The Quality Score of a keyword is one of the many factors in Google Adwords that you need to keep track of in order to make sure that you are marketing to the right audience with the right advertisements. Google Adwords has several different statistics that measure the effectiveness of your ads, keywords and your landing page relevance and the quality score is a cumulative stat that captures the effectiveness of all of this.
Quality score can actually be viewed as a made-up statistic that is an amalgam of various other statistics and a single score that rates as to how you fare in several other “actual” numerical stats. It is a Google Adwords specific stat that rates as to how Google algorithms view and rate your ads.
It takes into account your CTR, bid amount, ad position etc., including the historical performance of your ads. Quality score basically is Google’s analysis of how well your keyword, ad and the landing page co-relate. CTR is a major factor that rates the user interactions with the ad and the keywords.
Advantages of a high quality score
So, why do you need to have a high quality score, if your ads are still showing with a low quality score?
- Low CPC: A high Quality score gets you a better price on bidding compared to an ad and keyword with a lower quality score. Ideally you will pay less for an ad for the same ad position than one with a lower score.
- Higher Ad Position: It will also let you get a higher ad position over a ad with a lower quality score. This can viewed as being an indirect effect of a lower CPC with the same bid price.
- More impressions: Getting a lower CPC and higher ad position can only mean that you will also have plenty of more impressions. Of course, all within the budget that you have specified.
- Perks: Your ad may also get some extra perks such as location display on your ads, extra site links or more space to list your products etc.
A good quality score is obviously 10 (out of 10). Eventually, you want to rank at least 9 or 10 for your most important keywords, if not all of them. It is actually not very difficult to get a high quality score as it is not a relative score dependant on your other ads or your competitor’s ads. If your ad, the keyword and the landing page are relevant, co-related and competitive then you will get a high ranking.
Regardless of your niche, you should have a quality score of at least 7 for all your keywords. If your quality score is not 7 or above, you might be spending too much for that particular keyword than you probably should be.
Reasons for a Low Quality Score
Your Quality score could be low for several reasons. You should try to find as to why it might be lower and fix them before deleting them. Some of the reasons could be :
Irrelevant Keyword: Is the score lower because the keyword is not really relevant to what you are advertising for? If that is the case, you might be better off by deleting the keyword and finding a much more relevant one.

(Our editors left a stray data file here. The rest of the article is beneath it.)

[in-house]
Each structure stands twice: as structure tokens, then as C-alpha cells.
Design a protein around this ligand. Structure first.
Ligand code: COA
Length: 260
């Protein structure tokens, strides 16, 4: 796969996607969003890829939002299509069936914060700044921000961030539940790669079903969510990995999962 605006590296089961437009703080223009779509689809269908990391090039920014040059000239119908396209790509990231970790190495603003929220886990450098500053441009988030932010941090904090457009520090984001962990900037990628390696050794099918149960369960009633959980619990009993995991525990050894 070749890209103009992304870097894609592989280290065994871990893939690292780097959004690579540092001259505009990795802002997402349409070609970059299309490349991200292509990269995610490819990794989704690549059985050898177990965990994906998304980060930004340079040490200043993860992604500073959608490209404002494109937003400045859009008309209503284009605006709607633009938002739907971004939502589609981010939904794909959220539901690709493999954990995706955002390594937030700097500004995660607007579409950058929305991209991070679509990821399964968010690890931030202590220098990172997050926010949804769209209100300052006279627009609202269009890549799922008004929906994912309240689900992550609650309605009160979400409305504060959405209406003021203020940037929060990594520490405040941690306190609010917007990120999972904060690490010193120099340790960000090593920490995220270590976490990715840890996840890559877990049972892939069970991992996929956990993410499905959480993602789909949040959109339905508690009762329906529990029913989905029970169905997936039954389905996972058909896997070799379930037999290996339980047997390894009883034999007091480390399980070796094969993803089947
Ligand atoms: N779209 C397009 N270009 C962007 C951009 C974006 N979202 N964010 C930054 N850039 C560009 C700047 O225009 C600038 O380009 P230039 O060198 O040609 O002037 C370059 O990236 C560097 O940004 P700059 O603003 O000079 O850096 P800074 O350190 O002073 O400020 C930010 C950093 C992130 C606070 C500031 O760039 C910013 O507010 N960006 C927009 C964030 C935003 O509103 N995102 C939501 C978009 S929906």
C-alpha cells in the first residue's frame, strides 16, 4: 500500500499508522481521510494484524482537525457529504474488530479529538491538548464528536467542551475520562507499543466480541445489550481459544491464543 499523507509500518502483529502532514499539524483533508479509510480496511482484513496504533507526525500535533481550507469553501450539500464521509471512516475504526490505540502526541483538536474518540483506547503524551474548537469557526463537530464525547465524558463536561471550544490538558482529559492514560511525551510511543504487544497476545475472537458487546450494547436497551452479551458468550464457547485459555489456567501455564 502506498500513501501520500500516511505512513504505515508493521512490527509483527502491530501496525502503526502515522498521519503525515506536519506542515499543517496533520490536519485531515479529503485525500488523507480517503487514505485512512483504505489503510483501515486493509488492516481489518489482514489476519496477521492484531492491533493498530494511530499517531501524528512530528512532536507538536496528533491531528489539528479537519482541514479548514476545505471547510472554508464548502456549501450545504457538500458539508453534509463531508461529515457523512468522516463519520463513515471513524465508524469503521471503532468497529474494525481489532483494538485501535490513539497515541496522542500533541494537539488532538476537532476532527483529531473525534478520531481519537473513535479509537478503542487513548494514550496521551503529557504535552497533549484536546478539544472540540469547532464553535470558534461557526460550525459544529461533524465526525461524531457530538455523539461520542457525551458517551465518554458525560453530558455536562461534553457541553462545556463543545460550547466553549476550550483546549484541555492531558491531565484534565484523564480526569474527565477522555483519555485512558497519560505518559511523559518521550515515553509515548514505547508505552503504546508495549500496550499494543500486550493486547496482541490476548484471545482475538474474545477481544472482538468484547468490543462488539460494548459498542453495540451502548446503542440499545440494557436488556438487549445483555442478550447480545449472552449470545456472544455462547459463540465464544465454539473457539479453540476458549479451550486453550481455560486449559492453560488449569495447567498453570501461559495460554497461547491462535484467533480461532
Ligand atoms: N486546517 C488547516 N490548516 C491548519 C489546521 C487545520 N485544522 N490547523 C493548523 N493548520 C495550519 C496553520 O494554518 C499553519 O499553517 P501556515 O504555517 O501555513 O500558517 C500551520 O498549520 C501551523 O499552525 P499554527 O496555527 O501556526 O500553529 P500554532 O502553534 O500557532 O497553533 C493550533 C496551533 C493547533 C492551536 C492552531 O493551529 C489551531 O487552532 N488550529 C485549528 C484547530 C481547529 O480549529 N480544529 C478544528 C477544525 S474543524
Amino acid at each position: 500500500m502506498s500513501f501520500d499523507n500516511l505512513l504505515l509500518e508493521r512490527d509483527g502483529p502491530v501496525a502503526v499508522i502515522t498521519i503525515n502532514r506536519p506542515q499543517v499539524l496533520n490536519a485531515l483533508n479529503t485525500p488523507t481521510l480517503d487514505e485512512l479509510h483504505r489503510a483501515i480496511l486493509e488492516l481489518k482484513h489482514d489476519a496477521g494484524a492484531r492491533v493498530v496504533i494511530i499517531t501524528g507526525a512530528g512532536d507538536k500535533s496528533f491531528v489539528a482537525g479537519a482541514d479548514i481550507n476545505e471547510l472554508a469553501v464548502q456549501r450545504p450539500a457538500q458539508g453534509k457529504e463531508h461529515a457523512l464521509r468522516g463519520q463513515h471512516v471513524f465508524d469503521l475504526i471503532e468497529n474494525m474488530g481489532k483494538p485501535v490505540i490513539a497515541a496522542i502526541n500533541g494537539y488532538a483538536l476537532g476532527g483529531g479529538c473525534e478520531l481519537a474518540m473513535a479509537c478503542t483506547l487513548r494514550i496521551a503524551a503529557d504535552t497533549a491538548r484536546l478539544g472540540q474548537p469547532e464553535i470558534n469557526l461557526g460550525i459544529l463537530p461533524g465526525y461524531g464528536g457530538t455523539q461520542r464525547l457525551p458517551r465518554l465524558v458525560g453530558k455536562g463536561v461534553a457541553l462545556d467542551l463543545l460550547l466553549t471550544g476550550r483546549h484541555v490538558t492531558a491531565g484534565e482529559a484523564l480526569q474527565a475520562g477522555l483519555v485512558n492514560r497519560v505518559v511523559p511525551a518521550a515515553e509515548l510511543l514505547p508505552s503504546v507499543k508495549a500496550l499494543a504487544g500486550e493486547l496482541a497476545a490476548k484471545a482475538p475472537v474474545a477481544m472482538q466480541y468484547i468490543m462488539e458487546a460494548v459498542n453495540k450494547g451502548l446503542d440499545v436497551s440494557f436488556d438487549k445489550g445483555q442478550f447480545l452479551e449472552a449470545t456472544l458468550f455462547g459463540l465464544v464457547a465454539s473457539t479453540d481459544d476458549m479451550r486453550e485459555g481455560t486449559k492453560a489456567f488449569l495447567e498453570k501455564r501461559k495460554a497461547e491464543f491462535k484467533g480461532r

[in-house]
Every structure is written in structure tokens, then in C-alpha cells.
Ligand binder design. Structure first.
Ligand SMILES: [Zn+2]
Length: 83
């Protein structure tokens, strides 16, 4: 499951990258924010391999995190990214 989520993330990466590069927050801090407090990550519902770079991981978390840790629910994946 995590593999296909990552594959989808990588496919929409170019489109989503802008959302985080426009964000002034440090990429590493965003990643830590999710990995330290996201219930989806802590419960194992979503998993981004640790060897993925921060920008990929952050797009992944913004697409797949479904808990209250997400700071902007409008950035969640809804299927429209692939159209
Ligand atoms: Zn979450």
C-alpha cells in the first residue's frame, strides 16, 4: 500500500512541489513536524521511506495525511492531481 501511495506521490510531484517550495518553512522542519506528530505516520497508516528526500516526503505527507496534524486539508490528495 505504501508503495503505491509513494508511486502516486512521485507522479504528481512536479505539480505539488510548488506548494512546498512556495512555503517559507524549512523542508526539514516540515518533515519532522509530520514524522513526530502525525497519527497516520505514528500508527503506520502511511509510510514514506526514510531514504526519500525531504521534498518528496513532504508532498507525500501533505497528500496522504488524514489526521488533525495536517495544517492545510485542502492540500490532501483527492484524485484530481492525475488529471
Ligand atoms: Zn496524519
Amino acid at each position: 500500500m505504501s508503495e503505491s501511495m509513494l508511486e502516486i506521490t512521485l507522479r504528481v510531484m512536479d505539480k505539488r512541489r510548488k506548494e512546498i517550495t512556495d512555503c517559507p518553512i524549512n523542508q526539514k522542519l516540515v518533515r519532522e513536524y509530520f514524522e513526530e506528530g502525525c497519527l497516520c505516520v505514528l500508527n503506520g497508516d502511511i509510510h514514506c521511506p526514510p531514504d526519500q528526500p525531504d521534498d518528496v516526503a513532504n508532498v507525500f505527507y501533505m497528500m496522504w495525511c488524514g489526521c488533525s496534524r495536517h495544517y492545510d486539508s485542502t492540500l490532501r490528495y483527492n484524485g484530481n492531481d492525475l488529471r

Bad or Irrelevant Landing page: The landing page that the ad is linked to is not highly relevant to the ad or the keywords and this can result in a very high bounce rate for the ad. Try optimizing the landing page in this case by making the landing page much more interesting and relevant to the keywords.
Bad Ad Content: This is a tough call and not so easy to determine. Compare your ad to the competitor ads for the keywords and see if there is anything you can do to improve them and entice clicks. The ad click through rate (CTR) is the important thing here. Regardless of your keywords, industry and the bid amount if your ads are good enough, it should not have a CTR below 2%.
Having identified the main cause for your low score, you should determine if there is anything that you can do to improve the quality score? Sometimes, a combination of fixes and tweaks to the landing page as well as the ad content works the best.
Improving the Quality Score
One thing that you have to do is give enough time for the fixes and improvements to take hold and the score to be recomputed before deciding if your fixes have actually worked. Set at least a minimum a 1000 impressions before assessing the impact of your changes.
If you are unable to improve on your quality score, then deleting the low performing keyword might be a better option in the long run. Of course, this depends on how many other keywords you already have which are performing well and what other alternatives you have.
All said and done, you do have the final say on how relevant and important a keyword is for your marketing efforts. Sometimes, it is worthwhile to keep a keyword with a low quality score just because you find it important to your marketing. It might even be worth paying that extra for that reason. Also, you might find that the traffic from these low quality score keywords actually converts quite well on your website which make quite profitable to keep it around though you pay more for the ads itself.
Remember that the quality score is a statistic computed by the Adwords algorithm, hence it doesn’t matter as to what you might think about the relevance of the keyword but what the algorithm thinks as to how it is performing.
Improving the quality score is not achieved by improving a single statistic but it involves working on multiple direct statistic associated with the Adwords campaign. An improvement of multiple statistics such as the CTR, Bounce Rate and bidding amount to maintain a reasonable ad position results indirectly in a better Quality Score.